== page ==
Wow, those R&S analyzers are some serious tools! I was just looking at frequency analyzers over at DealExtreme, where they have a dirt-cheap handheld model that sniffs out cellular frequencies for $60. Or they could have hung a cell jammer in the room for about a hundred. Or if they really thought they had to have the fancy gear, they probably could have hired in a contractor who would have sniffed around for maybe $300 per hour, and known what he was doing.

Was it was really worth the $40,000 they probably spent on them?

Oh, that's right. It's a government organization. Spending money is in their job description.

You were doing fine right up until you pulled that number out of your ass and segued into an anti-government rant. TFA doesn't say it cost 40k to do this.

Re:Expensive cheats (2)

Zipo Bibrok 5e8 (82846) | more than 3 years ago | (#34857202)

The FSH4 specified on TFA is not cheap. Add custom programming and you're probably well over $40,000 for three of them even without typical government contract bloat.

http://www.google.com/search?q=FSH4&tbs=shop:1,p_ord:pd [google.com]

Re:Expensive cheats (1)

nomadic (141991) | more than 3 years ago | (#34857448)

And, of course, it will cost another $40,000 to run the same test?

Re:Expensive cheats (2)

petermgreen (876956) | more than 3 years ago | (#34857464)

Yeah they aren't cheap, the low end of the prices listed on that google search seem to tally with what the base price would have been (I had to work the education discount backwards to figure out the base price) for ordering direct from R&S (we bought a FSH8 recently at uni).

No idea if the police would have got a discount , what the custom setup actually consisted of (it may well have just been setting up the right frequency ranges) or whether they bought any extra options (extra options can seriously add to the cost but i'd think the base model hardware would be sufficiant for this job).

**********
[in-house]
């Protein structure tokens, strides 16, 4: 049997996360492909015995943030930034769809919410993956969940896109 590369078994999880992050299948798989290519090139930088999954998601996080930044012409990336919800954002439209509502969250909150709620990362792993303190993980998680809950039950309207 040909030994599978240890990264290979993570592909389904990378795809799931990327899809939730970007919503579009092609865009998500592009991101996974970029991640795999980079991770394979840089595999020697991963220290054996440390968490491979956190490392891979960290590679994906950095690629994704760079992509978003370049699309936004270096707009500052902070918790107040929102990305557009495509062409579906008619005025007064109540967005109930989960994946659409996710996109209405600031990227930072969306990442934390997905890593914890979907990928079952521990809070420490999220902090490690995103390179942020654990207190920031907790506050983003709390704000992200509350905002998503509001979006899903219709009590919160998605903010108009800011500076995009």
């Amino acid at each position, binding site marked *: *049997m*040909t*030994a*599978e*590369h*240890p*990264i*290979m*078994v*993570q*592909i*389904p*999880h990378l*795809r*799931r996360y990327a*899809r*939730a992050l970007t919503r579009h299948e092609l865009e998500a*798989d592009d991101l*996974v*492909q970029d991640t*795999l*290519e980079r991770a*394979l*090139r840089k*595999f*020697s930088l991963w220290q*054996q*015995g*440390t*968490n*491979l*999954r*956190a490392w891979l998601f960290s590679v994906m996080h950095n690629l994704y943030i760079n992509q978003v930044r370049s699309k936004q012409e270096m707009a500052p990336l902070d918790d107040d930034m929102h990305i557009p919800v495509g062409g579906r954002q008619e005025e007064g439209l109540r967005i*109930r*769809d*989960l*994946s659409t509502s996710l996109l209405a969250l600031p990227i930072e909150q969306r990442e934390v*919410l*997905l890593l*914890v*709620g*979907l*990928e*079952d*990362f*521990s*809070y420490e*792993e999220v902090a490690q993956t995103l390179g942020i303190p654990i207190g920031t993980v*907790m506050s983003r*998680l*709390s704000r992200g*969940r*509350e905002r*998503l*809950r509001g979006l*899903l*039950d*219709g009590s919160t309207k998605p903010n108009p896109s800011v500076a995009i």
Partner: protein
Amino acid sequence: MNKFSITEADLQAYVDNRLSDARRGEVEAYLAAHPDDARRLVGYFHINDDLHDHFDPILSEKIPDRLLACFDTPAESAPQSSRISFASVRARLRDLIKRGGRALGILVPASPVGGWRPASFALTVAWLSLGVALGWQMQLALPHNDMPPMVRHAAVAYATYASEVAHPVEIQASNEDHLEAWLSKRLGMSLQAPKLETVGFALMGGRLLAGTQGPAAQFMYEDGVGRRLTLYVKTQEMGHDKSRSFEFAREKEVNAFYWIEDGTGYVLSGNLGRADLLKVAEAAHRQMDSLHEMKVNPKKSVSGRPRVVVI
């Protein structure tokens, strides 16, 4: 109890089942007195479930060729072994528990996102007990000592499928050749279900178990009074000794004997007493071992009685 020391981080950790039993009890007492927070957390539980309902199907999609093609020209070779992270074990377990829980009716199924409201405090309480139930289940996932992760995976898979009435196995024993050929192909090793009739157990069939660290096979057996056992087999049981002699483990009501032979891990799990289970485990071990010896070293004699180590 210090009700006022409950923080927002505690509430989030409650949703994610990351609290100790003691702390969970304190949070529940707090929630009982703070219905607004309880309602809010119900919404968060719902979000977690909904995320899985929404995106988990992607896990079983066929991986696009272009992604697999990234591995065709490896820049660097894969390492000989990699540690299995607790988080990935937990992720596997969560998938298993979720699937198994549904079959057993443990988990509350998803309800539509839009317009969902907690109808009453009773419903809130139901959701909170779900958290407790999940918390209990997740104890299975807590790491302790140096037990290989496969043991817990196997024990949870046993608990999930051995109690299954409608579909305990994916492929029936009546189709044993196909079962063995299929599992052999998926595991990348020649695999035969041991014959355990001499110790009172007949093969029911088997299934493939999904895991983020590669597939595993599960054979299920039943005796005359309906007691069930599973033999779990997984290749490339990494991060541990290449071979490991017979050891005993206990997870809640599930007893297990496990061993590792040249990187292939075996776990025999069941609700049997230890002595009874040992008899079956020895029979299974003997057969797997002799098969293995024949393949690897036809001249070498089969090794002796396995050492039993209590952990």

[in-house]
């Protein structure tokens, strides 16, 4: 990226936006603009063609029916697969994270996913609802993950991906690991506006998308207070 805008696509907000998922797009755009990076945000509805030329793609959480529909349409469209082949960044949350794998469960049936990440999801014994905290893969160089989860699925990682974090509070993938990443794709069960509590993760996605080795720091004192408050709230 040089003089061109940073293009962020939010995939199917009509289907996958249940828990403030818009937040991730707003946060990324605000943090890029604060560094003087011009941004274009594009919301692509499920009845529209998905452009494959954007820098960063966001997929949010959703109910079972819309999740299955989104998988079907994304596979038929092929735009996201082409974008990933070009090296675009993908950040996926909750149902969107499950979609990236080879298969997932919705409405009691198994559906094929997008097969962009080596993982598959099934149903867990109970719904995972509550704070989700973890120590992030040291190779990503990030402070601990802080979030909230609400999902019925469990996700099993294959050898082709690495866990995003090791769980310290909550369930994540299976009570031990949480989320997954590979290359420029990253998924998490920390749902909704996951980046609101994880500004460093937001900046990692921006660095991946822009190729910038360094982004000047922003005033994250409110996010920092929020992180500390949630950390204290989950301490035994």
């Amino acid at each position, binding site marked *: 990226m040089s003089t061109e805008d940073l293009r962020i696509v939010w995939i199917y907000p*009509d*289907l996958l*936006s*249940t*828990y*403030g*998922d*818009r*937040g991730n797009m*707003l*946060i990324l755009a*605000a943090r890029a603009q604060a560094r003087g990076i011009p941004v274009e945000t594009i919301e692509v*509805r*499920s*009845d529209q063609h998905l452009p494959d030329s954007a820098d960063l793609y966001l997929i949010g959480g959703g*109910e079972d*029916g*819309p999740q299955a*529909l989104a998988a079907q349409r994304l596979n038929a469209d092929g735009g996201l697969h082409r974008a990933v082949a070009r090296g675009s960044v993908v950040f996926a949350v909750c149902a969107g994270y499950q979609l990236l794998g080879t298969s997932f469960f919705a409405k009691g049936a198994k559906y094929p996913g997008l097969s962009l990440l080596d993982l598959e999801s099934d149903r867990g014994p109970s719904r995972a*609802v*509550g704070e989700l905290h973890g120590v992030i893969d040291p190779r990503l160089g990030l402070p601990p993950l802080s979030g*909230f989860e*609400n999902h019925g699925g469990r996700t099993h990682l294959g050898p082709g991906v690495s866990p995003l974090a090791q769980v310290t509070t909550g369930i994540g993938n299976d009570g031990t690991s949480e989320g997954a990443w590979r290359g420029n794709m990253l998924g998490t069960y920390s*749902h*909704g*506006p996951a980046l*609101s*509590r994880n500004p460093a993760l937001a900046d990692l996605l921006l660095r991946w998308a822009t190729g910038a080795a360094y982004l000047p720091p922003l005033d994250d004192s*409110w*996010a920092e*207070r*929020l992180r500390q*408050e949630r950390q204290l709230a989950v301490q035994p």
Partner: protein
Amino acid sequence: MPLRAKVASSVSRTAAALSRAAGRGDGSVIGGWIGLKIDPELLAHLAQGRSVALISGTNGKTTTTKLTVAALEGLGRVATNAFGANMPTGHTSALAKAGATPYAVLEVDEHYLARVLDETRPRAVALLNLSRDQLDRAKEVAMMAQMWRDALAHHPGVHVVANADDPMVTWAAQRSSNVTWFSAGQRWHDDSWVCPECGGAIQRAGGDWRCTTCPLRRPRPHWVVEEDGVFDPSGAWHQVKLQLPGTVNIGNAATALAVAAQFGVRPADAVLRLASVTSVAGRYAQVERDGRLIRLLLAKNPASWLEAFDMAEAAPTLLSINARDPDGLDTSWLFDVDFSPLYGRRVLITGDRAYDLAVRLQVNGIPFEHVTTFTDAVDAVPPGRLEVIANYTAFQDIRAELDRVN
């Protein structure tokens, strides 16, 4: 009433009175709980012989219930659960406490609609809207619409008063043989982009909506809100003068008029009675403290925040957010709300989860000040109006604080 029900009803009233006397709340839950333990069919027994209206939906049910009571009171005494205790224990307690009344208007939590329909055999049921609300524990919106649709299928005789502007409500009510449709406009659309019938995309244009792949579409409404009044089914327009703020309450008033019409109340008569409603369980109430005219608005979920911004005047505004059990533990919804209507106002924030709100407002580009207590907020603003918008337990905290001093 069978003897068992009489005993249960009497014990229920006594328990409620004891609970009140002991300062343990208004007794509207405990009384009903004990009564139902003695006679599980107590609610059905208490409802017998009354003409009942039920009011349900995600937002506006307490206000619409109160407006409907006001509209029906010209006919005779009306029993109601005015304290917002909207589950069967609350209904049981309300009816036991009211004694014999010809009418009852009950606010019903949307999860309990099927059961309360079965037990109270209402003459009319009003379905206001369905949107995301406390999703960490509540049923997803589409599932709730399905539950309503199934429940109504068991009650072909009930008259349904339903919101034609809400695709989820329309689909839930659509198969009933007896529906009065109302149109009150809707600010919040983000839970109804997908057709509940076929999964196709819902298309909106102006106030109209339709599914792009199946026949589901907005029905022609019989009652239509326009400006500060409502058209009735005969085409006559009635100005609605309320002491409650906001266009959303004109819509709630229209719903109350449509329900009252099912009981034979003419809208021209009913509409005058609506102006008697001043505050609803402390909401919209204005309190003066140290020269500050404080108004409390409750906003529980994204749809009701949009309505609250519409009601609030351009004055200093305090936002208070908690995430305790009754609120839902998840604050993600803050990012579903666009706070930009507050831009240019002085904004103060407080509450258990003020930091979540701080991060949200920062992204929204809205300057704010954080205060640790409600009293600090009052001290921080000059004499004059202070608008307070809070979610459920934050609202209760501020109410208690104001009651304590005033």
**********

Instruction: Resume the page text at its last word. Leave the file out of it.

Re:Expensive cheats (1)

fsterman (519061) | more than 3 years ago | (#34857470)

They could have just borrowed it from another governmental organization...

Re:Expensive cheats (3, Insightful)

h4rr4r (612664) | more than 3 years ago | (#34857118)

Cell Jammers are normally illegal.

A far better idea is to make a test center room that is a faraday cage. Now you are blocking everything, not just cell phones.

Re:Expensive cheats (1)

ogl_codemonkey (706920) | more than 3 years ago | (#34857518)

Cell Jammers are normally illegal.

A far better idea is to make a test center room that is a faraday cage. Now you are blocking everything, not just cell phones.

Everything outside of the room - it wouldn't stop (or detect, as in this case) cheating between examinees.